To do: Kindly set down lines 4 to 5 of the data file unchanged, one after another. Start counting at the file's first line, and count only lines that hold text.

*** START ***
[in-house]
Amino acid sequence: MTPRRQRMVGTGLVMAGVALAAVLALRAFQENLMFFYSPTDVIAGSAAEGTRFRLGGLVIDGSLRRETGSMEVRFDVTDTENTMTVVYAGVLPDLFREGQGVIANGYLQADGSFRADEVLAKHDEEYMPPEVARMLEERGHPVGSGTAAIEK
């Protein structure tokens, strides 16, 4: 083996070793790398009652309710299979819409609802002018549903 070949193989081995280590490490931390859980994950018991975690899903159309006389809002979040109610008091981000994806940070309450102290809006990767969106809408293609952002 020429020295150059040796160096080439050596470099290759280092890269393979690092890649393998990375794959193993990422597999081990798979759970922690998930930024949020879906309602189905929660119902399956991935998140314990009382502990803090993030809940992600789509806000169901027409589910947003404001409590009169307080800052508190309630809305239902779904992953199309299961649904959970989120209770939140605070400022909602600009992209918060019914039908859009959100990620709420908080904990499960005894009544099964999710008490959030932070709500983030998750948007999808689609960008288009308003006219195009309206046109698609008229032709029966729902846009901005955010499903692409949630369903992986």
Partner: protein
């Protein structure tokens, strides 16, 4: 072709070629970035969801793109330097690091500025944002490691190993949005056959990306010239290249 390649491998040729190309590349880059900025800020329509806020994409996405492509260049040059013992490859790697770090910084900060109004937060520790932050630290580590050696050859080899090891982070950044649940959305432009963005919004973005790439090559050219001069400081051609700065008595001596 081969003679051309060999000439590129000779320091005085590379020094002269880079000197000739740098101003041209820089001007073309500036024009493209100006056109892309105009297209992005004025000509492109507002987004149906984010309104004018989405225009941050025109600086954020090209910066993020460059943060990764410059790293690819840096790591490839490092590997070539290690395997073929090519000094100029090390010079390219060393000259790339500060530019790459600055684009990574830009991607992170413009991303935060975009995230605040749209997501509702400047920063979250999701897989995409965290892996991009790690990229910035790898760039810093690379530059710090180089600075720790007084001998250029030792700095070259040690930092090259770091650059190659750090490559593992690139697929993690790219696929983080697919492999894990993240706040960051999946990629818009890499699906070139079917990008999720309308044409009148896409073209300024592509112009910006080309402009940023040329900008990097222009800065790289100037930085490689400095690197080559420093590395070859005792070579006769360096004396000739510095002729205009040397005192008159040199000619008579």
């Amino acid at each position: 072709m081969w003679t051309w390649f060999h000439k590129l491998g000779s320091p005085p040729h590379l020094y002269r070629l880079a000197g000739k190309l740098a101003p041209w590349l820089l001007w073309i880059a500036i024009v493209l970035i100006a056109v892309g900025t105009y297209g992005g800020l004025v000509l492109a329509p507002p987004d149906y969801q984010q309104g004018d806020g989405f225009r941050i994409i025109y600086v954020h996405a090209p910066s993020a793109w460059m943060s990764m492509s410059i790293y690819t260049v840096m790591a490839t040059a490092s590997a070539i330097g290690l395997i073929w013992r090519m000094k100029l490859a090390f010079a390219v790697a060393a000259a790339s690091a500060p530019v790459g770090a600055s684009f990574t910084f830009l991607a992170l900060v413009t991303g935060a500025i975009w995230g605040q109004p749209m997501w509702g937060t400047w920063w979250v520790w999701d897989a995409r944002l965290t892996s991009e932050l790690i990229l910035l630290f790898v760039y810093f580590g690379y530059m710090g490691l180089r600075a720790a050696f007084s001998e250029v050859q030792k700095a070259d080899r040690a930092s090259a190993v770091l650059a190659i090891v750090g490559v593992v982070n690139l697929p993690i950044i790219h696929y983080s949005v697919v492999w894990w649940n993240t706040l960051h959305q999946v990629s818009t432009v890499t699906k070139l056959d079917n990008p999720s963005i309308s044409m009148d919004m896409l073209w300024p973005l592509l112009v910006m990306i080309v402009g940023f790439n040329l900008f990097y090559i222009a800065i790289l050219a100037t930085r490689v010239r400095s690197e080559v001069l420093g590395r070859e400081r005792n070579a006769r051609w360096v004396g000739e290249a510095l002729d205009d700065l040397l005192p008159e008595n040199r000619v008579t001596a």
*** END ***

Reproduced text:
Partner: protein
């Protein structure tokens, strides 16, 4: 072709070629970035969801793109330097690091500025944002490691190993949005056959990306010239290249 390649491998040729190309590349880059900025800020329509806020994409996405492509260049040059013992490859790697770090910084900060109004937060520790932050630290580590050696050859080899090891982070950044649940959305432009963005919004973005790439090559050219001069400081051609700065008595001596 081969003679051309060999000439590129000779320091005085590379020094002269880079000197000739740098101003041209820089001007073309500036024009493209100006056109892309105009297209992005004025000509492109507002987004149906984010309104004018989405225009941050025109600086954020090209910066993020460059943060990764410059790293690819840096790591490839490092590997070539290690395997073929090519000094100029090390010079390219060393000259790339500060530019790459600055684009990574830009991607992170413009991303935060975009995230605040749209997501509702400047920063979250999701897989995409965290892996991009790690990229910035790898760039810093690379530059710090180089600075720790007084001998250029030792700095070259040690930092090259770091650059190659750090490559593992690139697929993690790219696929983080697919492999894990993240706040960051999946990629818009890499699906070139079917990008999720309308044409009148896409073209300024592509112009910006080309402009940023040329900008990097222009800065790289100037930085490689400095690197080559420093590395070859005792070579006769360096004396000739510095002729205009040397005192008159040199000619008579």